The flurry of recent articles questioning the mastery of Apple to not only move to the top of the heap, in Silicon Valley terms, as well as financial terms, has stirred my interest in seeing if this too shall pass. Always the darling of the techno-literati, AAPL the trading symbol for the global communications’ giant , is now being defended, by some alleged investors, for spending a small fortune to protect their larger fortunes. The question is, from whom are they protecting the profits?
Over the last six years, especially, AAPL has branded much better mouse traps, in the larger scheme of things, and designed a line-up of communications brands that carry the same panache as designer handbags on Fifth Avenue. Jobs et al simply paid attention to the interfaces and made them and the products appealing. Hard as some tried, they bent badly in the frenzy. HP nearly folded, Dell is awash in a sea of living fossils, soon to be replaced by open source enterprise utilities, if they can define a pleasant enough experience. Microsoft simply bowed out a long time ago. Steve Jobs will be missed mainly for being able to locate the next generation of interfaces. Apparently, he may have been the only one in our business who recognized where the user was going.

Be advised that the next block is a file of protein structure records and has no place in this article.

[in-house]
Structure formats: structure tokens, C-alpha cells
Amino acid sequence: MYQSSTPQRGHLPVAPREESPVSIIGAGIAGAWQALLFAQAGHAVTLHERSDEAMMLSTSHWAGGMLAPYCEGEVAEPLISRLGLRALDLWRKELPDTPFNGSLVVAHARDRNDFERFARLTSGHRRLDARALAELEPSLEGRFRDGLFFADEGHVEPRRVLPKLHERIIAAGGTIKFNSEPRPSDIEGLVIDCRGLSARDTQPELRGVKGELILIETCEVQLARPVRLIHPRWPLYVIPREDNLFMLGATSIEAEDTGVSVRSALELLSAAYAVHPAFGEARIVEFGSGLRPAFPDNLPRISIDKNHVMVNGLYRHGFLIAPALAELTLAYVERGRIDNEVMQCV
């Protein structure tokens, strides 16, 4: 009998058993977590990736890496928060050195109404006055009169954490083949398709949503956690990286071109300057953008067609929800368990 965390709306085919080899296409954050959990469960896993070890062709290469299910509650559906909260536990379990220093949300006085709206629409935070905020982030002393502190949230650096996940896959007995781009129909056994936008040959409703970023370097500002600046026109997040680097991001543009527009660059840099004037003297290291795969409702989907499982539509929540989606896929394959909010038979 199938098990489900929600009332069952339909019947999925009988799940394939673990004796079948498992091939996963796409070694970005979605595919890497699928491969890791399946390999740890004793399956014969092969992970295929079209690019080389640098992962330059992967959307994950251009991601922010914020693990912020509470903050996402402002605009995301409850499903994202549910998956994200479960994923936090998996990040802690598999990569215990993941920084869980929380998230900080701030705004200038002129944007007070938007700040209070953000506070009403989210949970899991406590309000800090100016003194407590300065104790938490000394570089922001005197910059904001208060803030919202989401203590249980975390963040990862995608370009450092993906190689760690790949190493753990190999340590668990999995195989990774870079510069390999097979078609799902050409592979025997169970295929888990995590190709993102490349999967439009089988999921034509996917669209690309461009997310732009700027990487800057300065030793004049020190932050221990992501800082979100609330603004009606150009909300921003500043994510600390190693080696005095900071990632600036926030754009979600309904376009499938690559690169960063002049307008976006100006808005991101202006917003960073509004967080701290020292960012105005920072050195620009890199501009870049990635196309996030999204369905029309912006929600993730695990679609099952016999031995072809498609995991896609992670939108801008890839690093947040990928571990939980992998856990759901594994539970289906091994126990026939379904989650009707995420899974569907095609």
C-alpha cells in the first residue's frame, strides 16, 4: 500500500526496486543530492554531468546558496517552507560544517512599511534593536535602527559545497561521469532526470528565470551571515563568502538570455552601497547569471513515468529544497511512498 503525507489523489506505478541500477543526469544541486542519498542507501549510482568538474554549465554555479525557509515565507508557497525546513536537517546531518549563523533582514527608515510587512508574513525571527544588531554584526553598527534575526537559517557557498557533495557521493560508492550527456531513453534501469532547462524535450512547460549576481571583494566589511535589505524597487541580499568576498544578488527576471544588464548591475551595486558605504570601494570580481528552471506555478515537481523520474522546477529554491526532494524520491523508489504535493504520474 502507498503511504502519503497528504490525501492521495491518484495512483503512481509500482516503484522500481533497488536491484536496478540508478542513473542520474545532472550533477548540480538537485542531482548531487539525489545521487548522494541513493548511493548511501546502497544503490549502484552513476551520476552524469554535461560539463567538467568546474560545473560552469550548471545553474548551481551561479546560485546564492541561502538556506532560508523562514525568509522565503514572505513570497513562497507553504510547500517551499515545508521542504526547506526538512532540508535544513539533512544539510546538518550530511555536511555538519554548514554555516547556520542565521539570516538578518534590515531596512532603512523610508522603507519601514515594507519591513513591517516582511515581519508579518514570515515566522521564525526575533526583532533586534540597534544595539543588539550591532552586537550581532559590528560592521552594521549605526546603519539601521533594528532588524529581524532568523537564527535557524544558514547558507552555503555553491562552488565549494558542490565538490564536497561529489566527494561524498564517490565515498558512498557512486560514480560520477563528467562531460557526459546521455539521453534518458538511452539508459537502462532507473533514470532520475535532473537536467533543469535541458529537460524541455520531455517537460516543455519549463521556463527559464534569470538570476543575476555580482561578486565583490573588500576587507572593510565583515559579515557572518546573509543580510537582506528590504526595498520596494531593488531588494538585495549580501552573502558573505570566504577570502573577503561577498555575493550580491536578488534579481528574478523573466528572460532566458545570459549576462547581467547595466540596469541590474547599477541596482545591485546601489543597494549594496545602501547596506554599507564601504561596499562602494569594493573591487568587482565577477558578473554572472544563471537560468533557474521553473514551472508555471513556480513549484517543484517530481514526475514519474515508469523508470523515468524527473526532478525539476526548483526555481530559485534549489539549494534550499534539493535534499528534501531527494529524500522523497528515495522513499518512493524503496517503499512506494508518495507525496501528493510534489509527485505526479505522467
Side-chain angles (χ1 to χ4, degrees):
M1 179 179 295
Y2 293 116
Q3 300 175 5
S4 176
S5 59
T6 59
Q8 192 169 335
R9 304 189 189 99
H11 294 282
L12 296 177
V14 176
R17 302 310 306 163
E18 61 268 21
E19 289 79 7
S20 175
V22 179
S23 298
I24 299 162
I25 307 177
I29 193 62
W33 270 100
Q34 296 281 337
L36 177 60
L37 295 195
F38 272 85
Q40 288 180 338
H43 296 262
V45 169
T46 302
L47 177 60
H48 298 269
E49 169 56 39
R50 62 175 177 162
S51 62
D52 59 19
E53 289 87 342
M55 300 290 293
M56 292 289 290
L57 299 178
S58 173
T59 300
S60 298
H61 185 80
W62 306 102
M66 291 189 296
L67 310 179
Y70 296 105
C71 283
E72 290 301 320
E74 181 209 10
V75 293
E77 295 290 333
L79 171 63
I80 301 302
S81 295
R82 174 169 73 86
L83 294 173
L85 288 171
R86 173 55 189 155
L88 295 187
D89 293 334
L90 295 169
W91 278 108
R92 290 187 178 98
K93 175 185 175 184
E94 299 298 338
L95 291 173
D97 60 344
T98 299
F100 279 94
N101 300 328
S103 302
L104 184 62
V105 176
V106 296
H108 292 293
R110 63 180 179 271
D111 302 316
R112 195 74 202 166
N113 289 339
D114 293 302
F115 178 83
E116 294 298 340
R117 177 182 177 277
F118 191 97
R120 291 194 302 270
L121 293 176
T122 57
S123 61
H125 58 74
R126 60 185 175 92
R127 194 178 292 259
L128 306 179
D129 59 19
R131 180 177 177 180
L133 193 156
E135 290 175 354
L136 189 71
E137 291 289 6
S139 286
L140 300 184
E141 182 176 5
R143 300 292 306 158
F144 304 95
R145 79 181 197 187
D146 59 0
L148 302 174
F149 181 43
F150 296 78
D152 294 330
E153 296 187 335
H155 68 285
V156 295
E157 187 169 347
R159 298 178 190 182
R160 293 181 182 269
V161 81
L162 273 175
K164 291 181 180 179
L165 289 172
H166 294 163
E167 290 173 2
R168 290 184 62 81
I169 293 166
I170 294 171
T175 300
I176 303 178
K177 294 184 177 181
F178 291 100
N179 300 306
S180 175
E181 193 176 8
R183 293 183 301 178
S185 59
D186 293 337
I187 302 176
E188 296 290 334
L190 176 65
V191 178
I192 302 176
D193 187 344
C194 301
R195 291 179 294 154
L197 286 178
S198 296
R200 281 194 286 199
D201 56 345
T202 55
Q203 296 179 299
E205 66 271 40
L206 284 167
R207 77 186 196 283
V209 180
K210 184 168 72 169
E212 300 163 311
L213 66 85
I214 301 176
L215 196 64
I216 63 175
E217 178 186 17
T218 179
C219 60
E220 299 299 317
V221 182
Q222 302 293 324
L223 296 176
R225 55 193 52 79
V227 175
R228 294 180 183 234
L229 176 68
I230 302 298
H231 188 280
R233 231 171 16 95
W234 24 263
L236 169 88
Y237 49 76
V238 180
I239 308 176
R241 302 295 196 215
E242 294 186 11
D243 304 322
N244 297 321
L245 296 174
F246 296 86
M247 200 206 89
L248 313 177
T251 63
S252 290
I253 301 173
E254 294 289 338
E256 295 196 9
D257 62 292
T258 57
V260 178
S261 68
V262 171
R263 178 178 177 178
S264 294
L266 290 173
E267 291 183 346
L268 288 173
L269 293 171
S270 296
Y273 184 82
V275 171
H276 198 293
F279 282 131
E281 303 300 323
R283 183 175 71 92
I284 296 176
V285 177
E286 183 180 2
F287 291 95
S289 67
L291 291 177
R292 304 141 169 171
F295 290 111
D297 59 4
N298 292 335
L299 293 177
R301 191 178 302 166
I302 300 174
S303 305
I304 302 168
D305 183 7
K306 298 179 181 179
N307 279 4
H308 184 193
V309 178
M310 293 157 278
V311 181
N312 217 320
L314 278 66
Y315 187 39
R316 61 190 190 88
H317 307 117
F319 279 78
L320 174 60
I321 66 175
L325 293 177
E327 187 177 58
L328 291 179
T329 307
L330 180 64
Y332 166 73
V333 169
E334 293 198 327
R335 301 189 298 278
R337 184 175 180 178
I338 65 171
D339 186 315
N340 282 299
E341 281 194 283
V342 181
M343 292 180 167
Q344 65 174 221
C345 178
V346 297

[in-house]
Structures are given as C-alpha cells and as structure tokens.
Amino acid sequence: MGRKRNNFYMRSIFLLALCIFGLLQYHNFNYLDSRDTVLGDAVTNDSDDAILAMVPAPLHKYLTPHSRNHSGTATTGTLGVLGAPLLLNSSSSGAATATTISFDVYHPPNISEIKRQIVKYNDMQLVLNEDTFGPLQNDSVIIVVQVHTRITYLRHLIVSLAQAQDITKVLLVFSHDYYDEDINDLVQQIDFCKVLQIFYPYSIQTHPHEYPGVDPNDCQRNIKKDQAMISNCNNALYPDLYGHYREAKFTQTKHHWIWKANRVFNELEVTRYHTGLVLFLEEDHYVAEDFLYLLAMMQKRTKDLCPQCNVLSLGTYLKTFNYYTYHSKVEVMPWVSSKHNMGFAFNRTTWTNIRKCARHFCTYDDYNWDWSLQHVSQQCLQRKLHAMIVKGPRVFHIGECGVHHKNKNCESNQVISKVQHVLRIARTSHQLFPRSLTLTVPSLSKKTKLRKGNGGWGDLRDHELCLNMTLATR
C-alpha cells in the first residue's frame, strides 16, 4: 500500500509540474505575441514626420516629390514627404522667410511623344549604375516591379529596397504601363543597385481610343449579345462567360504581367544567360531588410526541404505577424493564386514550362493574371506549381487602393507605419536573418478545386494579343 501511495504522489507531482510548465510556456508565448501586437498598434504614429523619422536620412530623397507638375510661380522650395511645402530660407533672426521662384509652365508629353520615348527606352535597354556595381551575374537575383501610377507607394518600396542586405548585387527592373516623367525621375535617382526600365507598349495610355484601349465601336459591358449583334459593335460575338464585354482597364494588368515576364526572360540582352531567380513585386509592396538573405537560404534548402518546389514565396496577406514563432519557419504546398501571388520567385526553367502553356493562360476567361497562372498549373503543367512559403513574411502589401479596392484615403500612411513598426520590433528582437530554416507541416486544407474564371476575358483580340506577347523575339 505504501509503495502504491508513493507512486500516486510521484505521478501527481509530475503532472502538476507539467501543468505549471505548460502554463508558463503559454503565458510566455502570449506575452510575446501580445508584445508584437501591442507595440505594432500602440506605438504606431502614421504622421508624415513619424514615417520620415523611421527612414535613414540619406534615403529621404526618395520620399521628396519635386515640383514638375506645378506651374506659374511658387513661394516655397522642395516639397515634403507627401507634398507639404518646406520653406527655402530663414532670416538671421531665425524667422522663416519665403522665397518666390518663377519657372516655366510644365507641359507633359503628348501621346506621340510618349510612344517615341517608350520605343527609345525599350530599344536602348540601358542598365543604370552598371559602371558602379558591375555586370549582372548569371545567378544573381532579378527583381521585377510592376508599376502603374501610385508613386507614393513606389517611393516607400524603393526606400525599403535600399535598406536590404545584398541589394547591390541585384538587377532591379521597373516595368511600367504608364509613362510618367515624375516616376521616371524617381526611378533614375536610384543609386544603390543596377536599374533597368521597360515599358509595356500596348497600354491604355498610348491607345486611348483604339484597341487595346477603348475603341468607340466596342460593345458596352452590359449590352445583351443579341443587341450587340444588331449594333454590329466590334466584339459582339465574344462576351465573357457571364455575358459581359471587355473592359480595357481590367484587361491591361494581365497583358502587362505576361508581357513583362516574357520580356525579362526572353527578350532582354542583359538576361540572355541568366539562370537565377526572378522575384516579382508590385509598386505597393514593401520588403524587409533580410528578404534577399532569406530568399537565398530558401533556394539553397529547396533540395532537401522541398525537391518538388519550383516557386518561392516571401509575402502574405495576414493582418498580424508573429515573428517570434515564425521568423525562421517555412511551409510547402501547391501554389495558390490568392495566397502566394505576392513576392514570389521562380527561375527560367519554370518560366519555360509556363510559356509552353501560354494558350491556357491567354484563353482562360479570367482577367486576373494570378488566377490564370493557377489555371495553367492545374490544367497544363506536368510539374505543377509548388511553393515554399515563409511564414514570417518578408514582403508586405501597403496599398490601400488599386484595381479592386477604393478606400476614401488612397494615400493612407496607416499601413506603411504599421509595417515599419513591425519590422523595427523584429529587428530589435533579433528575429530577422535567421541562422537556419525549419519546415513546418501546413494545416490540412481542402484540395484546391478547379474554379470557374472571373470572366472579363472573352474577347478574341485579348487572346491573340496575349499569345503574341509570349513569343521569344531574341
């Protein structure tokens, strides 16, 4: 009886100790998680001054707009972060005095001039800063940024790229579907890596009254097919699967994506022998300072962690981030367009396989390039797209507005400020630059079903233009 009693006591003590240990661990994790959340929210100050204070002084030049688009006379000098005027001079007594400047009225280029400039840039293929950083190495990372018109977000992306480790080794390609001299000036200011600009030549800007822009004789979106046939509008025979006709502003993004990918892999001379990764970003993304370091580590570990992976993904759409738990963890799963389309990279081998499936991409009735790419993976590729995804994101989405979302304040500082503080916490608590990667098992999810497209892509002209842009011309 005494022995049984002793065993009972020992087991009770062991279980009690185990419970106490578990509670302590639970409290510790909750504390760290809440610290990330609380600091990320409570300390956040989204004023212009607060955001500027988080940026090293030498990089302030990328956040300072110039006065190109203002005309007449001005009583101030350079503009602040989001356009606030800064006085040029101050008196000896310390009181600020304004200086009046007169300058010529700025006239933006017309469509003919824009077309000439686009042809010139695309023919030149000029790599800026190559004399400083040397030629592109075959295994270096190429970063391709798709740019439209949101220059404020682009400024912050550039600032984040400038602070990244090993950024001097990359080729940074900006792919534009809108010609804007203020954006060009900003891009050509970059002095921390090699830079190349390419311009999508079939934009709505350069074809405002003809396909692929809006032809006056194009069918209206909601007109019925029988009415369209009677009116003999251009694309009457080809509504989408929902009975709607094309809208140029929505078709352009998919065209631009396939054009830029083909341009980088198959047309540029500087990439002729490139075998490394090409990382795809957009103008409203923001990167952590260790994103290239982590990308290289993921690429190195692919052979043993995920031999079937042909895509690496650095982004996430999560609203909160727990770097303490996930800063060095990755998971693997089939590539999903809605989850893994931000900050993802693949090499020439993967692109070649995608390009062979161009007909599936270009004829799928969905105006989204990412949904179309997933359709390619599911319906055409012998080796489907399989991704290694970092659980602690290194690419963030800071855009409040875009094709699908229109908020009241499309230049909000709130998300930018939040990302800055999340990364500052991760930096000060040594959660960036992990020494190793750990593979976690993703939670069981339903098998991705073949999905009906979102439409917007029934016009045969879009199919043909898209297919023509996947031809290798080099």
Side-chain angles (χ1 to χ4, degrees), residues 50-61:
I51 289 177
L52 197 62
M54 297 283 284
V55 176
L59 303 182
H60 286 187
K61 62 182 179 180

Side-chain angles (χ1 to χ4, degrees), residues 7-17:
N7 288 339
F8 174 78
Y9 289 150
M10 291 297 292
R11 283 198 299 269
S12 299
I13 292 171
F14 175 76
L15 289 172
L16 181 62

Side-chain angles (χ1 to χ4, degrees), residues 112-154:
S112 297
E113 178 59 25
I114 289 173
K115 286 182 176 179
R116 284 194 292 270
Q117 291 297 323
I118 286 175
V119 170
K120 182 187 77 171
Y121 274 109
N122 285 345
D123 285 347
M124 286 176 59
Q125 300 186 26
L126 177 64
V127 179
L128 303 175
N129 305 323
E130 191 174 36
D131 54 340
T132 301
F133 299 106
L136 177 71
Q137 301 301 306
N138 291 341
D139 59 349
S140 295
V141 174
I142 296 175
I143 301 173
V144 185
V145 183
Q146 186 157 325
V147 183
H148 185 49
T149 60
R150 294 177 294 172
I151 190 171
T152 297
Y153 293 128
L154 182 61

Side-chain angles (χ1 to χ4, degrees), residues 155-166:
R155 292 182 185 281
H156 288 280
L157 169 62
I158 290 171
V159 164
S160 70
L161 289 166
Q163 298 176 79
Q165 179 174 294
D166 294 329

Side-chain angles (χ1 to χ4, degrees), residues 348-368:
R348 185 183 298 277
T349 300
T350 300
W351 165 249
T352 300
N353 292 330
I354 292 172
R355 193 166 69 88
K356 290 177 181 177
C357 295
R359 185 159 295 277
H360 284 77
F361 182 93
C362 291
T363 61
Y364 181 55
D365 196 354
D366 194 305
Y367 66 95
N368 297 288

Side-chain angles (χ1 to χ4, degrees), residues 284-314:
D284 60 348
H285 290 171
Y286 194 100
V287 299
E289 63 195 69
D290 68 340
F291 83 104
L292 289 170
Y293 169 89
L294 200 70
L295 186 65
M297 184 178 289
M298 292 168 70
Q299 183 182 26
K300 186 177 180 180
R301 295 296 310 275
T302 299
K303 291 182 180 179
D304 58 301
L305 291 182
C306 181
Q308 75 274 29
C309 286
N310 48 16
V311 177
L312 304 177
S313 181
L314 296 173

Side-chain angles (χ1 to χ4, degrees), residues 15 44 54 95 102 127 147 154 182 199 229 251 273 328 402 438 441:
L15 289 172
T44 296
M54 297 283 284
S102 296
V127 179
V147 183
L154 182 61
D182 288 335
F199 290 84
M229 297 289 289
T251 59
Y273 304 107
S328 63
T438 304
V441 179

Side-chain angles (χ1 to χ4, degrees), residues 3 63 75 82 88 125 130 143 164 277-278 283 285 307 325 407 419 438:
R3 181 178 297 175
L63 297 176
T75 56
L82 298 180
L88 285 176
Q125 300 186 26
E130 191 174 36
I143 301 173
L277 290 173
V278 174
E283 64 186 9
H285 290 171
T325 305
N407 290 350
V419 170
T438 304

While Steve Ballmer has been sitting around, pondering his pile, the folks at Apple saw what was obvious – global markets for easy-to-use, reliable, entertainment-friendly, music-friendly gadgets for the generations. AAPL earns over $41 dollars for every share ( now selling around $600 per share) of stock they issue. They claim to be paying back some of it to investors, but that hasn’t actually happened since 1995. They have about $100 billion in savings alone, and they have built an entirely separate division to beat the residents of many states out of some taxes they could really use.
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Yet defenders, of the tax shelter industry, would say, ‘hey, they’re not breaking any laws?’ And, according to our representatives, and some “loyal” Apple shareholders, this is an acceptable arrangement, regardless of the campaign money politicians spend and take from the companies they regulate. The legislatures and Congress are corrupt, but how do the folks who own shares abide by the dudes who won’t share the riches with them? The last dividend Apple paid was back in ’95 though the stock has soared since then.
I’d love for someone to tell me how it is worth Apple’s time and money to support someone just to ride the bloody line of the law, rather than just give the money back, or buy your own shares. What is the need for this separate industry designed to simply pluck off all the loopholes our corrupt politicians, the lawmakers, write into legislation?
Should Apple be involved in such controversial policies; should they ask shareholders to vote on whether or not to continue such practices; should they be forced, financially, to give the money back to shareholders, spend it, or buy back their own shares? Love to hear your opinions.